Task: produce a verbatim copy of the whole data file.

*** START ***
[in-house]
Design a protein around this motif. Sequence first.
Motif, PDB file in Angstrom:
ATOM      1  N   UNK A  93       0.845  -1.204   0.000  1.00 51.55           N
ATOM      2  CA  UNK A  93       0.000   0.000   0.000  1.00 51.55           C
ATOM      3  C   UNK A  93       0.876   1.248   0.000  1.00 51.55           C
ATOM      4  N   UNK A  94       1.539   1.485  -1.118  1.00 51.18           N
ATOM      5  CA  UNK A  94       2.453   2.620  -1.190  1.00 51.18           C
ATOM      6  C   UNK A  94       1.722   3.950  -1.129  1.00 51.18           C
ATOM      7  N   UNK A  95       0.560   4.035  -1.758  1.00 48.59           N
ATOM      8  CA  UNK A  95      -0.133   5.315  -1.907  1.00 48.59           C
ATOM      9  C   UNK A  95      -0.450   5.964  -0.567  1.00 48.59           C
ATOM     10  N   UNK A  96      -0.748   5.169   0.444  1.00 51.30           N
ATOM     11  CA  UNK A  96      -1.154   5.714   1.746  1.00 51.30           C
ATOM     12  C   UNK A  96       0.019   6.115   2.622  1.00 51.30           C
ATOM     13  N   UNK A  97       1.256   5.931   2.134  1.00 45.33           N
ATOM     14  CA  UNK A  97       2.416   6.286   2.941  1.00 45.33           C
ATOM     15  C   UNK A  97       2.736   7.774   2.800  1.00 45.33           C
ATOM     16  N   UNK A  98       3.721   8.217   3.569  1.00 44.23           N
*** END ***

[in-house]
Design a protein around this motif. Sequence first.
Motif, PDB file in Angstrom:
ATOM      1  N   UNK A  93       0.845  -1.204   0.000  1.00 51.55           N
ATOM      2  CA  UNK A  93       0.000   0.000   0.000  1.00 51.55           C
ATOM      3  C   UNK A  93       0.876   1.248   0.000  1.00 51.55           C
ATOM      4  N   UNK A  94       1.539   1.485  -1.118  1.00 51.18           N
ATOM      5  CA  UNK A  94       2.453   2.620  -1.190  1.00 51.18           C
ATOM      6  C   UNK A  94       1.722   3.950  -1.129  1.00 51.18           C
ATOM      7  N   UNK A  95       0.560   4.035  -1.758  1.00 48.59           N
ATOM      8  CA  UNK A  95      -0.133   5.315  -1.907  1.00 48.59           C
ATOM      9  C   UNK A  95      -0.450   5.964  -0.567  1.00 48.59           C
ATOM     10  N   UNK A  96      -0.748   5.169   0.444  1.00 51.30           N
ATOM     11  CA  UNK A  96      -1.154   5.714   1.746  1.00 51.30           C
ATOM     12  C   UNK A  96       0.019   6.115   2.622  1.00 51.30           C
ATOM     13  N   UNK A  97       1.256   5.931   2.134  1.00 45.33           N
ATOM     14  CA  UNK A  97       2.416   6.286   2.941  1.00 45.33           C
ATOM     15  C   UNK A  97       2.736   7.774   2.800  1.00 45.33           C
ATOM     16  N   UNK A  98       3.721   8.217   3.569  1.00 44.23           N